Marriage Partner Preference

  • Jennifer A. Selby
Part of the Contemporary Anthropology of Religion book series (CAR)


This chapter turns more specifically to how notions of Islam, “tradition,” and femininity are woven through the narratives and the post migration lives of first-generation banlieusarde women. As we saw in chapter 2 , the physical conditions to which these women migrate in Petit Nanterre have shifted substantially. Chapters 3 and 4 charted the changing secular and feminist politics with which they engage. One demographic element, which, to my surprise, has not significantly altered, however, is the number of first-generation women who continue to marry local men in this banlieue . I had not intended to focus on this phenomenon in my research, yet within the first few weeks I spent volunteering with Nadha’s French language and integration courses, I was struck by the number of Maghrebi women who continually arrived to the banlieue through marriage migration to men living in the area. With few exceptions, these women make up the students of the Nadha French language and integration classes for primo-arrivées . Why had most of my first-generation respondents, of varying educational and socioeconomic backgrounds, migrated to France following this marriage pattern? French-born men of Maghrebian origin in this neighborhood typically prefer “traditional” North African wives to women born in France, even when local French-born women are Muslim or have North African origins.1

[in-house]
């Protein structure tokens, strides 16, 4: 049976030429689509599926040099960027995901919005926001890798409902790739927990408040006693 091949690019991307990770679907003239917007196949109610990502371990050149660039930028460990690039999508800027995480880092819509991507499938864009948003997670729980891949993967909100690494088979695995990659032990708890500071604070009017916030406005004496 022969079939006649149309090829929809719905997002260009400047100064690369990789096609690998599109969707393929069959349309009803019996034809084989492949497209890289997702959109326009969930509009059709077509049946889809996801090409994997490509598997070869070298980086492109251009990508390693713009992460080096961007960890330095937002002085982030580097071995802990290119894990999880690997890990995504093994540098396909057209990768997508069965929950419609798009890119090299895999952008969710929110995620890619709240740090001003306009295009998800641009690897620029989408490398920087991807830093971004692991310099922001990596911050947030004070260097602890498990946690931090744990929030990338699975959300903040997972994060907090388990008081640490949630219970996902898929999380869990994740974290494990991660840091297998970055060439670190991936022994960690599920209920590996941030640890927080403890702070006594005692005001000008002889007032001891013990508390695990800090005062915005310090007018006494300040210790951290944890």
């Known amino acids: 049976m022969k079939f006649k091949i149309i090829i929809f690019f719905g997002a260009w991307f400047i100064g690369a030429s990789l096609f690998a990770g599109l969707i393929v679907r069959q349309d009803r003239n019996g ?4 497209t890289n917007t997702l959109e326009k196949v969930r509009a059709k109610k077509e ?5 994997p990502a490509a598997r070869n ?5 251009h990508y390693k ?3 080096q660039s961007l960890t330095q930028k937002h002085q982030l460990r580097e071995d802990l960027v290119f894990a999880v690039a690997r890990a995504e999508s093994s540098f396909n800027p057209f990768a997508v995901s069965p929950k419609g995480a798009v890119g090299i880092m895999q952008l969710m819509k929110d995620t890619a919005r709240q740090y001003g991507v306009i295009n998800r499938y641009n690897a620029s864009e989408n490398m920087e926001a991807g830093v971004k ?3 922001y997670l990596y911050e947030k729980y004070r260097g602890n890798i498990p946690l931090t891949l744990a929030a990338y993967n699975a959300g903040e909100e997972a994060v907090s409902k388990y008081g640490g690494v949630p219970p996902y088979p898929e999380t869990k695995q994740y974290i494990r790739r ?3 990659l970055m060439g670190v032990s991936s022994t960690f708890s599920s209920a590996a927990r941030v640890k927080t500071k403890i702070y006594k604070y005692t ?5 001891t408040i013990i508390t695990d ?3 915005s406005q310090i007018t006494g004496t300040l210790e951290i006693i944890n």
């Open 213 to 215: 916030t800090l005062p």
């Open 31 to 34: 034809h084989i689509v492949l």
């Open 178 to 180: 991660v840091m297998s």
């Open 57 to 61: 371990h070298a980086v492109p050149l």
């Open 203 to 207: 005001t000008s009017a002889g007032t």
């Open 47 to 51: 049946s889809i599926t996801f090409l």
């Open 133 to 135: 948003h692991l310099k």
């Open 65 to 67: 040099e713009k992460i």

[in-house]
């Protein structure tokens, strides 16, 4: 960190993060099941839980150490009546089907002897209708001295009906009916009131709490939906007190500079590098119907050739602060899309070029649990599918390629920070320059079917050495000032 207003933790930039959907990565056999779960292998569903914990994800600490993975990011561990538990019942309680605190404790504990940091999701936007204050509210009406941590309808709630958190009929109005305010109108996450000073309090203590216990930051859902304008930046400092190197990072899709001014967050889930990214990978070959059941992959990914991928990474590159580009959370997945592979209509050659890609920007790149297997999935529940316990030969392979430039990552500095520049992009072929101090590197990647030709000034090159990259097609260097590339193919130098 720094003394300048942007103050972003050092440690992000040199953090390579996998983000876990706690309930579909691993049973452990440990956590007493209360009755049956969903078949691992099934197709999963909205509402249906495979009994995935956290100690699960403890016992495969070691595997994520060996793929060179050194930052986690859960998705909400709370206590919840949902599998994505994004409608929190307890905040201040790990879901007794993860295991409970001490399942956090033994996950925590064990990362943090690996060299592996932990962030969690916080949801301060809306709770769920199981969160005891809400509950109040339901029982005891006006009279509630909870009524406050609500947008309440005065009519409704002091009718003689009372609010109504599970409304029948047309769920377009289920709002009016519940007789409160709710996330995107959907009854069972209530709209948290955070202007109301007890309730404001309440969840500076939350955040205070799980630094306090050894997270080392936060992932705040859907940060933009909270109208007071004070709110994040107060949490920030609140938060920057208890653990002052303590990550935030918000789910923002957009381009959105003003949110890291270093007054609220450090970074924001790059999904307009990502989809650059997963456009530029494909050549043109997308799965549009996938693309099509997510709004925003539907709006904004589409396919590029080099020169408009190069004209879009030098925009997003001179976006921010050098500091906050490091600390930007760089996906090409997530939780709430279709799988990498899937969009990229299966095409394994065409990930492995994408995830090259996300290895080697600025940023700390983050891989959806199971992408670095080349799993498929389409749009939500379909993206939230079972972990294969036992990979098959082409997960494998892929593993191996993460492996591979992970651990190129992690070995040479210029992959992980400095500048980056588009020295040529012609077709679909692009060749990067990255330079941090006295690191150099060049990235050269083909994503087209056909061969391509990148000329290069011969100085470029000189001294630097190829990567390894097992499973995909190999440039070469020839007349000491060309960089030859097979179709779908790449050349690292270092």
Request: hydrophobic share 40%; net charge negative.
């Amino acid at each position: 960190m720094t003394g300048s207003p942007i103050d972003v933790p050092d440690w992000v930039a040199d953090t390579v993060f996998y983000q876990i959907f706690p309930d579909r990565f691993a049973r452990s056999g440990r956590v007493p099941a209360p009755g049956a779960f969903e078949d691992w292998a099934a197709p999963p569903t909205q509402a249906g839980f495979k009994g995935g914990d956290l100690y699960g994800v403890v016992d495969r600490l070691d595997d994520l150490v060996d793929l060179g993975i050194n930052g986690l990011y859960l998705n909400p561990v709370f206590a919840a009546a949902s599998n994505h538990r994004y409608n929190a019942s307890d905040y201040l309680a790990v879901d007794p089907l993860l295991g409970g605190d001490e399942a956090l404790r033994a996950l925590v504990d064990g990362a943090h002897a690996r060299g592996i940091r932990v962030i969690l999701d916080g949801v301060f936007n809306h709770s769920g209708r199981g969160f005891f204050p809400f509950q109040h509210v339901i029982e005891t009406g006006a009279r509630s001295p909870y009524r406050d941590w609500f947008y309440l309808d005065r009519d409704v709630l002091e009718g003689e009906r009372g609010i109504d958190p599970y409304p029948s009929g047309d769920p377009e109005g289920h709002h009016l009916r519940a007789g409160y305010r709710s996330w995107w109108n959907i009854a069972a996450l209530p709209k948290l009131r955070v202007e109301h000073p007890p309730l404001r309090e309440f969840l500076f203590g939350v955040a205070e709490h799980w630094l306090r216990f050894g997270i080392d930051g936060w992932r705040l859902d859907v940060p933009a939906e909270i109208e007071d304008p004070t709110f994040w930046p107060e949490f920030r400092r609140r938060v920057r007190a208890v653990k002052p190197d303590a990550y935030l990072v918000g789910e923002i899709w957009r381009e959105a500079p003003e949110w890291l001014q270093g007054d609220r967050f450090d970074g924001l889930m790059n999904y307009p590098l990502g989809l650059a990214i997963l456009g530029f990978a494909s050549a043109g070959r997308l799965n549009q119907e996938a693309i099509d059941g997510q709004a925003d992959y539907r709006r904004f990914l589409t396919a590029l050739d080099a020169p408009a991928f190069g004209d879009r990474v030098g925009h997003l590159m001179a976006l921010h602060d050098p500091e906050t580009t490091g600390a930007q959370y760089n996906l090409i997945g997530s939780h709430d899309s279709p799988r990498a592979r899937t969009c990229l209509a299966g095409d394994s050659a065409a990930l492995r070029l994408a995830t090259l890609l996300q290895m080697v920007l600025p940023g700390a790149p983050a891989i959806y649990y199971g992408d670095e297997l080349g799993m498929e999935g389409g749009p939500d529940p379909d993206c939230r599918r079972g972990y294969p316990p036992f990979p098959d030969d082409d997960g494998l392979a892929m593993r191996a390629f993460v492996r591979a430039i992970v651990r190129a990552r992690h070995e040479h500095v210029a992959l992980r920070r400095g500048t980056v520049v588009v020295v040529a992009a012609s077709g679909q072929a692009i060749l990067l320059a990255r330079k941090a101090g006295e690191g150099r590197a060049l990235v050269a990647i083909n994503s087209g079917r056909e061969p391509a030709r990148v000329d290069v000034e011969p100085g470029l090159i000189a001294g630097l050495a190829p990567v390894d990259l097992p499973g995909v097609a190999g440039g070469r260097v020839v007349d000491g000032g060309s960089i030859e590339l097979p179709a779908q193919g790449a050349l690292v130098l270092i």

Social Comportment Muslim Woman French Language Forced Marriage Marriage Migration 
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© Jennifer A. Selby 2012

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  • Jennifer A. Selby

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